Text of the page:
With their clocks filled, the players then got to pick from a series of cards with evocative phrases on them ("The Whisper", "The Door", and "The Mirror" were the ones chosen). These cards corresponded to "ghost powers" that I could use in the game, after they'd been unlocked. This both created a calm first act before the supernatural began to manifest and gave the players some agency in what the rest of the game looked like, although they didn't know what the cards meant. The cards they chose gave me the ability to create hallucinations / illusions (The Mirror), voices speaking to them to drive them apart (The Whisper), and the ability to move objects and people around in space -- what ghost chasers call an "apport". These turned out to be perfect choices, because they created a very particular kind of ghost: one that was focused on fucking with people's perceptions, toying with existing conflicts, driving the characters apart.

The following three episodes were much higher-pressure. As I mentioned earlier, having only three main characters in a drama-focused game has serious implications for play. It meant that practically every scene had two of the players involved in it, giving players very little "down" time where they were just observing other scenes and recharging their cells. The sessions tended to be on the short side, between two and two-and-a-half hours, but they were pretty demanding for the players, and I'm not sure we could have played longer if we'd wanted to. The best sessions seemed to demand a half hour afterwards to cool down and talk about what had happened, which felt an awful lot like a LARP style debrief to me. (Megan and I also made a practice of going for as long a walk afterwards as we could manage, because we knew otherwise sleeping would be hard.)

The last episode was the most demanding for me, with the characters all at each others' throats and the stakes very high (Michael and Jo's son Tyler had vanished, and Michael was reeling from having pushed his brother Matthew off the roof the previous episode). I pushed the supernatural elements hard, dividing the characters and pushing them against each other. That session was a lot closer to the way I run traditional horror games, with quick cuts between scenes and much of the tension building from characters having imperfect knowledge or skewed perceptions of what was happening around them. I went into that episode with my own game plan written at the top of the page: everybody's dark secret is revealed. So a phantom cell phone call revealed Jo's infidelity, a ghostly re-enactment of the brother's death revealed Michael's culpability, and mysterious pill bottles tumbled out of Lisette's pockets at the worst possible moment.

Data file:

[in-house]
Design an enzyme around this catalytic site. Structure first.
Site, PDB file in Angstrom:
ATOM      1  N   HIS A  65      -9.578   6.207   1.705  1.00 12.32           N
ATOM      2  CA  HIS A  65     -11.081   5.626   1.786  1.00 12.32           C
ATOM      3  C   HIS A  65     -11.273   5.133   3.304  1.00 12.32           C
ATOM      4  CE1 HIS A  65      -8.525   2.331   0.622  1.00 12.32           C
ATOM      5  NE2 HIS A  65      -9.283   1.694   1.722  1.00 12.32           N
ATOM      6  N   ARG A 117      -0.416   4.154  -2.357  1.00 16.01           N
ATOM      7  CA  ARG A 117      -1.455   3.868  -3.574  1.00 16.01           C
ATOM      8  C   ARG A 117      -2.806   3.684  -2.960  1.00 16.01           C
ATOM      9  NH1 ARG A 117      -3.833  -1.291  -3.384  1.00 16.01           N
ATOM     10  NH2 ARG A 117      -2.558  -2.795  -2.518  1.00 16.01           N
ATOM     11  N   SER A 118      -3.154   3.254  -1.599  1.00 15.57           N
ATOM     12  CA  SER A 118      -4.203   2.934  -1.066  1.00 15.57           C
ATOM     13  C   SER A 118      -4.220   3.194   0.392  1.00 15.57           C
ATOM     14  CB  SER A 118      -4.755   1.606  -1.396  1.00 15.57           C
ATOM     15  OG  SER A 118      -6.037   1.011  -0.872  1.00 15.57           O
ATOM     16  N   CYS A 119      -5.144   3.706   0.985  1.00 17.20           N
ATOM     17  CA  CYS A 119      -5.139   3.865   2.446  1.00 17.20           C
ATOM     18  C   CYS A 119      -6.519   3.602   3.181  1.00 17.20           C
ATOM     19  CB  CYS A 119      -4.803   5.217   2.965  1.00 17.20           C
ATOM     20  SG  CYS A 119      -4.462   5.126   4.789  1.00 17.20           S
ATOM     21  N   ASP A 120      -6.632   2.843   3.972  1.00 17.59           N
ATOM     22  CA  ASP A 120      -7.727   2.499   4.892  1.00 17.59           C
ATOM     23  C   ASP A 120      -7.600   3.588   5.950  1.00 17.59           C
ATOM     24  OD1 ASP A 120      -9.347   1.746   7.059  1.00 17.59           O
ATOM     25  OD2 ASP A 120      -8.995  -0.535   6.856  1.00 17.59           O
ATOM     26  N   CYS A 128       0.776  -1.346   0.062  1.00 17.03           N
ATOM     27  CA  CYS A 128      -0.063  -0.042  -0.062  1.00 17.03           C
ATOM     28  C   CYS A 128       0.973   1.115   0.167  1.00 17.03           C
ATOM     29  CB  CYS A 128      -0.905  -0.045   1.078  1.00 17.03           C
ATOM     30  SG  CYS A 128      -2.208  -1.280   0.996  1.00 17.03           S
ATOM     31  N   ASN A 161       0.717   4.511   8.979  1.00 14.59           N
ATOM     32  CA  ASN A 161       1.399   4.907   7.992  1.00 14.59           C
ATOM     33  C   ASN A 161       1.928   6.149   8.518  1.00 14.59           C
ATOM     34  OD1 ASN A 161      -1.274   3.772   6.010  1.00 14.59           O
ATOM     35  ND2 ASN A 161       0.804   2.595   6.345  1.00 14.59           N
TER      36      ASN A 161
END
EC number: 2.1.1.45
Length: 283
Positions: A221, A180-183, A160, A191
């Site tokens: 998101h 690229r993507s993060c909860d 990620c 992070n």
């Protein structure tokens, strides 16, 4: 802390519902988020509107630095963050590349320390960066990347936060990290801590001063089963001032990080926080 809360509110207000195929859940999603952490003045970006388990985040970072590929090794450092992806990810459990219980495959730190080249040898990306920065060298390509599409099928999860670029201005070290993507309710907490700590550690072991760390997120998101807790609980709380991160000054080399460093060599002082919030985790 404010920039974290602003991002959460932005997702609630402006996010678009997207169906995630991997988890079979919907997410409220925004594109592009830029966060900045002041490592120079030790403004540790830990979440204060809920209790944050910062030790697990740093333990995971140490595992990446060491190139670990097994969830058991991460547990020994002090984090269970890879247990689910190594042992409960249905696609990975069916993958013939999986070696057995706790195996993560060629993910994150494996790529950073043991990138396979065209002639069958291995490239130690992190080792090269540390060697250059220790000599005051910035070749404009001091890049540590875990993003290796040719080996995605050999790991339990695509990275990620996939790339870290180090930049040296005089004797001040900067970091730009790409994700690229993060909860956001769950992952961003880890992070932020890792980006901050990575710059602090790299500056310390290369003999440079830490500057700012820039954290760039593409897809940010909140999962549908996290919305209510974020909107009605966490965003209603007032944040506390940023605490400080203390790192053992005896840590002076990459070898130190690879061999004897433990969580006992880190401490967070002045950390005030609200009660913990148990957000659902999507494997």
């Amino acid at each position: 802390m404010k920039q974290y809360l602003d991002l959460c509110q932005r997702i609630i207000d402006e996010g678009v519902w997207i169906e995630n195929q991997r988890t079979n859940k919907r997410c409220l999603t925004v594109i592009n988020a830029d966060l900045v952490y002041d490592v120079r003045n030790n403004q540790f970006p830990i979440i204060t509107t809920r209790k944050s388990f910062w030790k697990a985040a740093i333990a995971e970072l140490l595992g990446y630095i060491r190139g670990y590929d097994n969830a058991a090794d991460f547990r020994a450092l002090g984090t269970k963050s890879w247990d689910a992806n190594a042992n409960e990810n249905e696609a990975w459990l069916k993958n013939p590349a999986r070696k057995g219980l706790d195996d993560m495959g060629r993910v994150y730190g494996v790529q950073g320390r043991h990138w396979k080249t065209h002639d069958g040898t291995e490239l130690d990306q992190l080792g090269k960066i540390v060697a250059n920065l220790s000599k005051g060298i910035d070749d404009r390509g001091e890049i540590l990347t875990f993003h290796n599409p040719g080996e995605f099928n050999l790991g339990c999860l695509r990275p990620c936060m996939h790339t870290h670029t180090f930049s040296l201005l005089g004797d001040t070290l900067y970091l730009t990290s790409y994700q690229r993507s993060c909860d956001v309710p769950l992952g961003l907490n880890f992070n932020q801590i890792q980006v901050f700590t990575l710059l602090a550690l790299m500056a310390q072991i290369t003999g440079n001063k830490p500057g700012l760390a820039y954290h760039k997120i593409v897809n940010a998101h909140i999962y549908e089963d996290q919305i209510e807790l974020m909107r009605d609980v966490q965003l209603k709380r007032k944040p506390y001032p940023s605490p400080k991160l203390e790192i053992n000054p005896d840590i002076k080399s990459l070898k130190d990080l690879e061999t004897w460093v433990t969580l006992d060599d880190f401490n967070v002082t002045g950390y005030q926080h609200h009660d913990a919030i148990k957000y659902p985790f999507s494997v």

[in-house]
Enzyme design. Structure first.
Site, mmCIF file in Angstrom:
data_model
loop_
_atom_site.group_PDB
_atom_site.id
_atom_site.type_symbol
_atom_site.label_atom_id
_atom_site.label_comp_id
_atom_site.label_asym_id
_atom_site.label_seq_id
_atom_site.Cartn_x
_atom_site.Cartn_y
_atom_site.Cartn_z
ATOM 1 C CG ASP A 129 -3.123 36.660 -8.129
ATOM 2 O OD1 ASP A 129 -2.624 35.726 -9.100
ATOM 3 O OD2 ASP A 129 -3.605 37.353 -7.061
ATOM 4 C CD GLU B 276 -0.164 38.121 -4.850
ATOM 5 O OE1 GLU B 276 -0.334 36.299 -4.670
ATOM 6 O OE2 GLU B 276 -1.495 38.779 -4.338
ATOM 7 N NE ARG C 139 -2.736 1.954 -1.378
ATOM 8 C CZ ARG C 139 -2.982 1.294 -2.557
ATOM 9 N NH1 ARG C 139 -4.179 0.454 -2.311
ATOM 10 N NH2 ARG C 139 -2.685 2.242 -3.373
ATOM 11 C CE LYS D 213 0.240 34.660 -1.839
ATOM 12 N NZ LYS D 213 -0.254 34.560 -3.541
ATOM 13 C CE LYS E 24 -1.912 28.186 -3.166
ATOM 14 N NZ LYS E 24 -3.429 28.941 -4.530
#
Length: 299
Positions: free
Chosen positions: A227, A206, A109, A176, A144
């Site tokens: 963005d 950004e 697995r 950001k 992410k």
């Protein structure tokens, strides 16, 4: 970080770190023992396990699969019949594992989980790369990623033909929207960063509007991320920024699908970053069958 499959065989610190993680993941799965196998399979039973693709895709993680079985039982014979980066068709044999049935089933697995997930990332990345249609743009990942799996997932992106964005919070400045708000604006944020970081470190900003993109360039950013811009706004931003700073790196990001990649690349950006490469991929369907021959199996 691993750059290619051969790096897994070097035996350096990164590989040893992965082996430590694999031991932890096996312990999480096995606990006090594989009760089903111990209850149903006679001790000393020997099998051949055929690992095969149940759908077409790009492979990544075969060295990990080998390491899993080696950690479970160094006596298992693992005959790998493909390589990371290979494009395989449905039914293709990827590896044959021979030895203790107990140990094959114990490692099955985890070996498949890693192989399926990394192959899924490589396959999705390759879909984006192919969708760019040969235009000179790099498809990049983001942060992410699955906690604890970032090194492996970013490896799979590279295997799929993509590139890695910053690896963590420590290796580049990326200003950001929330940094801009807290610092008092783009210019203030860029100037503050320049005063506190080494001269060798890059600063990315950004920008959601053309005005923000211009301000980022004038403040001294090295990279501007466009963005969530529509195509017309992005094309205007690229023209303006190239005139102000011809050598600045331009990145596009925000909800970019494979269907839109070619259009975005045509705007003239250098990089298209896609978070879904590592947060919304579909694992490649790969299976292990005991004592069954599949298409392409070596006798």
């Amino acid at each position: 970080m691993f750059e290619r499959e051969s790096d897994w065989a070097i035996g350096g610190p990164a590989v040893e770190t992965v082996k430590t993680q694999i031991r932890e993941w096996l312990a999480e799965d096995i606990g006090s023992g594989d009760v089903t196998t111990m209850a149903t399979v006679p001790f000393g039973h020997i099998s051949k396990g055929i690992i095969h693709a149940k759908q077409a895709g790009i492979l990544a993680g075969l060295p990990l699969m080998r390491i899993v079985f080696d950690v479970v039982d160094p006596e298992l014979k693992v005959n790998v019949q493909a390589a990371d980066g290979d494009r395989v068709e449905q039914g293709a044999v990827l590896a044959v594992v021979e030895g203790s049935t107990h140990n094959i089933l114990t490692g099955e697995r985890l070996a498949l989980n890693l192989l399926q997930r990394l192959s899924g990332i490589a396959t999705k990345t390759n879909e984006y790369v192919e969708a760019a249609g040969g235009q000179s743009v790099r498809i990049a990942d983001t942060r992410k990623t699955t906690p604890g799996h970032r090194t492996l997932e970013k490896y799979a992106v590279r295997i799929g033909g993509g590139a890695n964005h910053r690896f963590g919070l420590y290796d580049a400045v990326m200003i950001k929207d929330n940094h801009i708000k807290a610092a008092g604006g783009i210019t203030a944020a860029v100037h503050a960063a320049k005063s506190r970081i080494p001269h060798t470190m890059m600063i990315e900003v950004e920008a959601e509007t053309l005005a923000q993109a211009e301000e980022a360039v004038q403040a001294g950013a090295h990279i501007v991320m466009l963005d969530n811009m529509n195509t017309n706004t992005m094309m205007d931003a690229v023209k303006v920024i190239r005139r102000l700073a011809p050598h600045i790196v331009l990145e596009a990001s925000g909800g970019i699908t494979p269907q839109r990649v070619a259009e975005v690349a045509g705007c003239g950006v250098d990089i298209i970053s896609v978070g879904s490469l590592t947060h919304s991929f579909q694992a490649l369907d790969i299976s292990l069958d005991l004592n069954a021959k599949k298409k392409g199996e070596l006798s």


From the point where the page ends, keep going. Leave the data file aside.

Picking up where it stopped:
I enjoyed that episode a lot, and I hope the players did too, and one particular thing that was a pleasure was that I wasn't entirely sure it would be the last episode when we began it. I knew it was possible, and intended to play hard, but it could have turned out that a fifth episode was required to wrap everything up nicely. I didn't decide until about twenty minutes from the end that this was the time to pull out all the stops, play for keeps, and see if anyone would survive in defiance of the game's title. As it turned out, of the main cast, only Michael survived the fire that destroyed Strathclyde House at the end, living to be accused of murder by his daughter and likely face prison for cooking the family business's books. It was an awful, painful ending, and it felt entirely earned. Maybe even inevitable.

Megan has written long, deep recaps of the sessions here, at her excellent blog, and if you're a bibliophile who doesn't already know about it... now ya know:

Episode One - "The Drop-Off"
Episode Two - "Another Midnight"
Episode Three - "Inevitability of Death"
Episode Four - "Here in the Dark"is here and here (in two parts, including a little bit about the backstory from me).

And, for the completists, about character creation too.